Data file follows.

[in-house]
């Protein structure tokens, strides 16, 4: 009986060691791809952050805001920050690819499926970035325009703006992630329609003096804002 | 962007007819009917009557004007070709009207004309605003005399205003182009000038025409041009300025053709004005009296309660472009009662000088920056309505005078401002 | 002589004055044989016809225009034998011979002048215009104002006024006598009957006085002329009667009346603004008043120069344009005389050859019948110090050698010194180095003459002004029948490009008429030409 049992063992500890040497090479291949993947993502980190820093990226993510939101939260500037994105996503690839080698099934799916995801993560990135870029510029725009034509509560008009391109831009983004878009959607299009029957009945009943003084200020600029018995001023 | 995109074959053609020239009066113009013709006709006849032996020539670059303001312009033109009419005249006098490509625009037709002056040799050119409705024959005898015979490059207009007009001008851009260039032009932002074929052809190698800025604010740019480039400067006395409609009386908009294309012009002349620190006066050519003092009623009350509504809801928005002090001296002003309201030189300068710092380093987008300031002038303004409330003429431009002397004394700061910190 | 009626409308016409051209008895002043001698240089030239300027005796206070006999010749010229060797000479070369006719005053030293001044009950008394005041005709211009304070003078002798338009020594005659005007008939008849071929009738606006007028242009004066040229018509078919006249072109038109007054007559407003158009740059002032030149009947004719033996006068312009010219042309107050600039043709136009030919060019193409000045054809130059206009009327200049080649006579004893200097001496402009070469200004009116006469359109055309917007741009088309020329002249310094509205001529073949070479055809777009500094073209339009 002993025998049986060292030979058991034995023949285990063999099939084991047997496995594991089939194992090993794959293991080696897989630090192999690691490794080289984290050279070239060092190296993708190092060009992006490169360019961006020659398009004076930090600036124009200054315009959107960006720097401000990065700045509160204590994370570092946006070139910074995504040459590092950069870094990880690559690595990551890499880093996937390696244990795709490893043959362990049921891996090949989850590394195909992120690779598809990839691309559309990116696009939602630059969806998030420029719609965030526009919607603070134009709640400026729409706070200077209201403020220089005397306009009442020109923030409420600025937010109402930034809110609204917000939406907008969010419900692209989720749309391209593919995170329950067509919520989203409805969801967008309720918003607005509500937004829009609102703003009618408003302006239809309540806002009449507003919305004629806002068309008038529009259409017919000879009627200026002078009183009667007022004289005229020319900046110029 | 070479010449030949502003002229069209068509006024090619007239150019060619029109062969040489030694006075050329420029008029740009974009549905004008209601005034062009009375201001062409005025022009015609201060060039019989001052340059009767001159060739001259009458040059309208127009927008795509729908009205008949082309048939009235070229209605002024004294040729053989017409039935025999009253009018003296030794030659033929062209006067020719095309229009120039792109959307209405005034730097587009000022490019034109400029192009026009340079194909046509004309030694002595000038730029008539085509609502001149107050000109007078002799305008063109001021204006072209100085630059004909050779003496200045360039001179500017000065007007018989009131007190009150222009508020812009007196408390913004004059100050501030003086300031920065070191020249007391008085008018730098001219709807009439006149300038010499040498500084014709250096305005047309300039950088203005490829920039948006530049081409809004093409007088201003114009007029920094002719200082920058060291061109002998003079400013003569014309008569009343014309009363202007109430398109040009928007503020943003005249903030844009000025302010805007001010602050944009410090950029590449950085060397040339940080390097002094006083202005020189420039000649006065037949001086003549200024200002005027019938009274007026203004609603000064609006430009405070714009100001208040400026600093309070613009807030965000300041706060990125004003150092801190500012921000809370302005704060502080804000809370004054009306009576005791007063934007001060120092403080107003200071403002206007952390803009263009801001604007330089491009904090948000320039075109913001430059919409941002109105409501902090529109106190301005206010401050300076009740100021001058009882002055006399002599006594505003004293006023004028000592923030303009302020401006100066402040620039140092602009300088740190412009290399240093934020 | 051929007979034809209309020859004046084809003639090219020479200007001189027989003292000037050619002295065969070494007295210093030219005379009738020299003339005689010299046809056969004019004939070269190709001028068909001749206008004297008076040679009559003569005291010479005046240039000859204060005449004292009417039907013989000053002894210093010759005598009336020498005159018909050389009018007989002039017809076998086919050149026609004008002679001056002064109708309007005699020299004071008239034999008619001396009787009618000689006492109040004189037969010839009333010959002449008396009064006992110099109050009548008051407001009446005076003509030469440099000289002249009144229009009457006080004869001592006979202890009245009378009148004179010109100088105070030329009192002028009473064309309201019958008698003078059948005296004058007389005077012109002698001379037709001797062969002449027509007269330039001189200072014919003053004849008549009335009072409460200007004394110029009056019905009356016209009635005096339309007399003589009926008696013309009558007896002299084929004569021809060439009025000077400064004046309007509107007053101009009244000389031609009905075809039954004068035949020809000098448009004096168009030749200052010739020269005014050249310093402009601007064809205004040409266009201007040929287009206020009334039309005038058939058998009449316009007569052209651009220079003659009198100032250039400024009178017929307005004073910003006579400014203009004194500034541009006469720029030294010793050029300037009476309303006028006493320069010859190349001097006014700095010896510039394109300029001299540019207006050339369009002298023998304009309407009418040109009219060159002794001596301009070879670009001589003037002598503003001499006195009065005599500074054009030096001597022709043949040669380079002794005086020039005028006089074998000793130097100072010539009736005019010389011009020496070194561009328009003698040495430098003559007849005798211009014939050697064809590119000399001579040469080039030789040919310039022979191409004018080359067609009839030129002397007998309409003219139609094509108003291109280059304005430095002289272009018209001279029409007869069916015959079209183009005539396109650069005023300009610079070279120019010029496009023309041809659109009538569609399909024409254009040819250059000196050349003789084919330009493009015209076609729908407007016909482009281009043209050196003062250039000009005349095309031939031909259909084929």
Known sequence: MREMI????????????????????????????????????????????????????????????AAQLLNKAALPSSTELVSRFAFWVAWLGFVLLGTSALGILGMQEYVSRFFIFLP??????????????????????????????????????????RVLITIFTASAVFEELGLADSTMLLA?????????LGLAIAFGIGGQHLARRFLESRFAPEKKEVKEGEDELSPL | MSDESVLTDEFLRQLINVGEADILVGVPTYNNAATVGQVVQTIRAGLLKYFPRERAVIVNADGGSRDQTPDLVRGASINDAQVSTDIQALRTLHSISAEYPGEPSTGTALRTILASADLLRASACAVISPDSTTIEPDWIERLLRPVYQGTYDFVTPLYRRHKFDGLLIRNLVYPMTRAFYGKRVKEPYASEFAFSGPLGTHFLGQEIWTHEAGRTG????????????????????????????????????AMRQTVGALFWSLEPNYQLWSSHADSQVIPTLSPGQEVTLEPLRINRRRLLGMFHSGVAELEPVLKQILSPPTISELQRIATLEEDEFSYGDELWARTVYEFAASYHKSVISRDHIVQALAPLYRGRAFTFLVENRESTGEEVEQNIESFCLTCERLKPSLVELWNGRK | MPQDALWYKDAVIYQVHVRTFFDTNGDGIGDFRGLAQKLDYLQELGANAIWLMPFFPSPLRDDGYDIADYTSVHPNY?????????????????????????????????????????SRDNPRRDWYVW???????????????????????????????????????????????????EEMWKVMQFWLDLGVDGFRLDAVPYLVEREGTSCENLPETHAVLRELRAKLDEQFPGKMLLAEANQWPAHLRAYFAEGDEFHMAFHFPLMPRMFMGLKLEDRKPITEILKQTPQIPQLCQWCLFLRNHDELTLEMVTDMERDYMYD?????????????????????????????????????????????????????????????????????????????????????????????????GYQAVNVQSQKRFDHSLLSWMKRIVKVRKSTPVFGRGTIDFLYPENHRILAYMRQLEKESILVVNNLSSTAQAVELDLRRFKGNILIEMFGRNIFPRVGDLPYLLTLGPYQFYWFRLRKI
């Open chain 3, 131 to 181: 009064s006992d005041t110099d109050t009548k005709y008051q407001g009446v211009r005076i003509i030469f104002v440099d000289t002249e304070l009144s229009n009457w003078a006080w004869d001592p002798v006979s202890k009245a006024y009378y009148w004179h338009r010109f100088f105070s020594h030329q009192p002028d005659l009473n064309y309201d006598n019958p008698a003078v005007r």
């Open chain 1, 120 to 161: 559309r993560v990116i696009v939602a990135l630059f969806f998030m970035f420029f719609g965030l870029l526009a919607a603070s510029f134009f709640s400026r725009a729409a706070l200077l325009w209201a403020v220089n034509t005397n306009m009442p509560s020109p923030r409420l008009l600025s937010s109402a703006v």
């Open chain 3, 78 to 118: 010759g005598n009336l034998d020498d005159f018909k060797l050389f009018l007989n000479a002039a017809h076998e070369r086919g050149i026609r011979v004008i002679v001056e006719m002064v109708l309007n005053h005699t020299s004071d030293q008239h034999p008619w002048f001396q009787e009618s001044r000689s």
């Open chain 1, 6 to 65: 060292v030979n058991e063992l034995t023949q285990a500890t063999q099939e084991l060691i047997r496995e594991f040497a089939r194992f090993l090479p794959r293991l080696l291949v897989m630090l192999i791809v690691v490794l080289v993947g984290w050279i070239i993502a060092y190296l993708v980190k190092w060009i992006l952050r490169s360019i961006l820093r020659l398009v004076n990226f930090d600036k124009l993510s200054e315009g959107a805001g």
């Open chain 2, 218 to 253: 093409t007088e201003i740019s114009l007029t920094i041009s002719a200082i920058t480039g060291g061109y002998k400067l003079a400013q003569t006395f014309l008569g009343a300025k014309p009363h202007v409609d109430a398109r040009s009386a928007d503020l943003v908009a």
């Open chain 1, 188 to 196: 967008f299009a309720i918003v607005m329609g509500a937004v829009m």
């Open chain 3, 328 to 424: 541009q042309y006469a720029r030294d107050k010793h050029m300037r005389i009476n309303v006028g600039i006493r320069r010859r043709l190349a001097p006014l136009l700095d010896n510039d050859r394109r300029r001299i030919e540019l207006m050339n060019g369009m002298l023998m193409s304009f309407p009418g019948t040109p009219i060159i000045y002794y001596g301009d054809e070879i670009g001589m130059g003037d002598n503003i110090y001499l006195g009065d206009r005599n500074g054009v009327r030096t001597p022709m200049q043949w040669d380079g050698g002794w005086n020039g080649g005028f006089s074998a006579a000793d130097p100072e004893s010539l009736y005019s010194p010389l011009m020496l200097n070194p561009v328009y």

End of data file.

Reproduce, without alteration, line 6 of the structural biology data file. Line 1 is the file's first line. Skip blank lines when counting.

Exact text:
């Open chain 3, 78 to 118: 010759g005598n009336l034998d020498d005159f018909k060797l050389f009018l007989n000479a002039a017809h076998e070369r086919g050149i026609r011979v004008i002679v001056e006719m002064v109708l309007n005053h005699t020299s004071d030293q008239h034999p008619w002048f001396q009787e009618s001044r000689s």